It’s when you look at the photography of someone like Henri Cartier-Bresson that you realise your own efforts are those of a complete amateur. Cartier-Bresson was the master of street photography, his work had nothing to do with quality of equipment or editing techniques, it was all about capturing the ‘decisive moment’. Whilst that moment was sometimes spontaneous, it was often acquired through persistence and patience, waiting for the right person to enter the frame to complete the image.
It is however far from that simple. In many of Cartier-Bresson’s images it took an appreciation of the culture in which he was shooting – sometimes residing in countries for long periods of time to become familiar with his subjects. His photographs are like pieces of poetry; perfectly framed slices of human life, oozing with unfiltered emotion. As an artist his use of framing and composition was incredible, and his obsessive fascination with the world around him shines through his work.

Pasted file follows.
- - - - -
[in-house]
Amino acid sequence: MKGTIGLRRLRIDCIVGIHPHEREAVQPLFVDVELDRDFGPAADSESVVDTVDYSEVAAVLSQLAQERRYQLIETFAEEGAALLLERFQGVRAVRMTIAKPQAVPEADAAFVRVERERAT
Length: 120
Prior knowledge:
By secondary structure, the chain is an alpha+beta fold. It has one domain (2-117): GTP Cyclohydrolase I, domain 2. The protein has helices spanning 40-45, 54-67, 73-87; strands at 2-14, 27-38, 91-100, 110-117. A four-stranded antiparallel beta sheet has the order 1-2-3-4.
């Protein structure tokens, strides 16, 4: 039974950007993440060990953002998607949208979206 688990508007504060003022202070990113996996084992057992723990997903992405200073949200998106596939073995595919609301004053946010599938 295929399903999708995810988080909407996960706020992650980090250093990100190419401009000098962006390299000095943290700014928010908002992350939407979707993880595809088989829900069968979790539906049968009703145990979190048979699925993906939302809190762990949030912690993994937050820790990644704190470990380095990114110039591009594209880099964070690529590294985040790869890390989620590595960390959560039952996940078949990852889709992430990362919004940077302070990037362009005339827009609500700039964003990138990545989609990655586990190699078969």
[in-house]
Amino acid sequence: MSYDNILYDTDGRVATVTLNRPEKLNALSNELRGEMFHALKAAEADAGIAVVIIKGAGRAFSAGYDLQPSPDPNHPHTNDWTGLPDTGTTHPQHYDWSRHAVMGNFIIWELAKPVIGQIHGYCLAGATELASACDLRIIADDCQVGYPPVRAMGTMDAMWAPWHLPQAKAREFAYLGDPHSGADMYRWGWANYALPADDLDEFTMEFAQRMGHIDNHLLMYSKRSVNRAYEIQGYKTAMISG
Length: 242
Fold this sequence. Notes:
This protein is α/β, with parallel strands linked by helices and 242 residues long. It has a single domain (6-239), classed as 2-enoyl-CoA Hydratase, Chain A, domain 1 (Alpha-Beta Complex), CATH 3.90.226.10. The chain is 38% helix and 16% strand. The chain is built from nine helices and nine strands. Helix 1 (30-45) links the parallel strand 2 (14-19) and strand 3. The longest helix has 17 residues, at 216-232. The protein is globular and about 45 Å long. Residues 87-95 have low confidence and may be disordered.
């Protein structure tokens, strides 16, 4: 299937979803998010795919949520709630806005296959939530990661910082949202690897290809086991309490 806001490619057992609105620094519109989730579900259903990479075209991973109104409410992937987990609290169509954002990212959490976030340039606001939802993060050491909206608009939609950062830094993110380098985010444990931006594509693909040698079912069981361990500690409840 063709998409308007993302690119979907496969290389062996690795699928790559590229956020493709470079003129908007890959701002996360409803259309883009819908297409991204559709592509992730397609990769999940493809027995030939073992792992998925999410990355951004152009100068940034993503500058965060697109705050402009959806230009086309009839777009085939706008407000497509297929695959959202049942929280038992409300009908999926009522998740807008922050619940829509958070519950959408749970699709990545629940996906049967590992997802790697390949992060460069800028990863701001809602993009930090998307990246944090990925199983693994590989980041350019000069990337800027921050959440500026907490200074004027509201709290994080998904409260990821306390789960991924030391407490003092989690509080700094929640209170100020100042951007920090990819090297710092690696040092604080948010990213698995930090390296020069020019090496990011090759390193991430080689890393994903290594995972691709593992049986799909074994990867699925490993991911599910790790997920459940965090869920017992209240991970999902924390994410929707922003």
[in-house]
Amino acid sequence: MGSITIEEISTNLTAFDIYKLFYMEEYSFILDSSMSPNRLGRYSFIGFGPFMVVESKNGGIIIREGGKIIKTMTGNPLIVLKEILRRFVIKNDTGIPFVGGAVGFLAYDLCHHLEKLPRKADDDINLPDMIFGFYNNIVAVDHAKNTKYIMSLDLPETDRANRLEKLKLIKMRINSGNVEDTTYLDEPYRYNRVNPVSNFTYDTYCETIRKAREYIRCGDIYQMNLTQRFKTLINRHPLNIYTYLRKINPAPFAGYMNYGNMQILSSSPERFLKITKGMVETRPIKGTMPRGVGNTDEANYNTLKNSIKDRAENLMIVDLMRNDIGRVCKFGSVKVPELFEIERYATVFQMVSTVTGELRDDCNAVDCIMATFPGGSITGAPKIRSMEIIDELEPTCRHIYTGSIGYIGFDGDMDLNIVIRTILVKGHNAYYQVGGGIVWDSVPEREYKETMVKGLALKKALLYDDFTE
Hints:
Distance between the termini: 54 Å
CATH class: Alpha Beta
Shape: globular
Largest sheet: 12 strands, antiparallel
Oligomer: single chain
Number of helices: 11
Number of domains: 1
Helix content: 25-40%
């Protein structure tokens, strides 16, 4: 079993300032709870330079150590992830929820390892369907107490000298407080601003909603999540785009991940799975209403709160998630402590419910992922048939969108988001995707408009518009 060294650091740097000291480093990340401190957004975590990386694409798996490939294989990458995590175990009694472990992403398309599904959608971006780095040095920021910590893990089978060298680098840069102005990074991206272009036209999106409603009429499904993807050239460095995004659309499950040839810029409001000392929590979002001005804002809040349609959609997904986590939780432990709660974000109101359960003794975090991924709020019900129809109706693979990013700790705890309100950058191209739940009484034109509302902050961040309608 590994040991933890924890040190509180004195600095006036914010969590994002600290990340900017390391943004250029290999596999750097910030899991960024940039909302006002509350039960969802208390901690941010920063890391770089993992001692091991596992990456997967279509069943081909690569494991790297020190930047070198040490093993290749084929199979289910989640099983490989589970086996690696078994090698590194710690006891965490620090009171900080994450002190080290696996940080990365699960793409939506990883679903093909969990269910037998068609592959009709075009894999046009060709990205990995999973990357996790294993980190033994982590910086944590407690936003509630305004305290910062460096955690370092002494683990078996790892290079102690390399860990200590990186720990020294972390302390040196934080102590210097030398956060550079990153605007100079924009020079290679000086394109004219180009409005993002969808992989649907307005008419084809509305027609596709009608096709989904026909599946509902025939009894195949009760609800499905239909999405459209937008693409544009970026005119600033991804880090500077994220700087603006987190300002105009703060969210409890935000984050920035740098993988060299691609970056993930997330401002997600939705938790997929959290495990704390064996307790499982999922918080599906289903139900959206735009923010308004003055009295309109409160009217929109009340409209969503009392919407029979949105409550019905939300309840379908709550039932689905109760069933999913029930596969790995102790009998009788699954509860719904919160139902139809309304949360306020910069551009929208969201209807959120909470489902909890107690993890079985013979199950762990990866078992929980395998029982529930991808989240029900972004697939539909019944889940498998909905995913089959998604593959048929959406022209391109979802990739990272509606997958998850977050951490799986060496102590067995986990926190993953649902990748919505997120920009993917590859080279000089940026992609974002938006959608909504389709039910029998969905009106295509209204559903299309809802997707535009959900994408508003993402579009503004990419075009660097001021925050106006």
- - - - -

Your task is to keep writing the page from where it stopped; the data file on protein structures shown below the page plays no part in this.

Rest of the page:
As someone who often carries a camera around, hoping to capture life at its most magnificent, Cartier-Bresson’s work is a huge inspiration. John Morris, his friend and executive editor of Magnum, the photo agency Cartier-Bresson helped found in 1947 summed up his skill perfectly, saying: “It comes from the heart. He has great human perception. He understands children, he understands old ladies, and he knows what moments are significant in terms of the human being.”
Personally, I love Cartier-Bresson’s own quote: Photography is nothing – it’s life that interests me.”
My top five photographs by Henri Cartier-Bresson:
1. Rue Mouffetard, France – 1954
2. A refugee recognises here Gestapo informant in a displaced person’s camp, Dessau, Germany – 1945
3. Naples, Italy – 1960
4. Andalucia, Spain – 1933
5. Madrid, Spain – 1933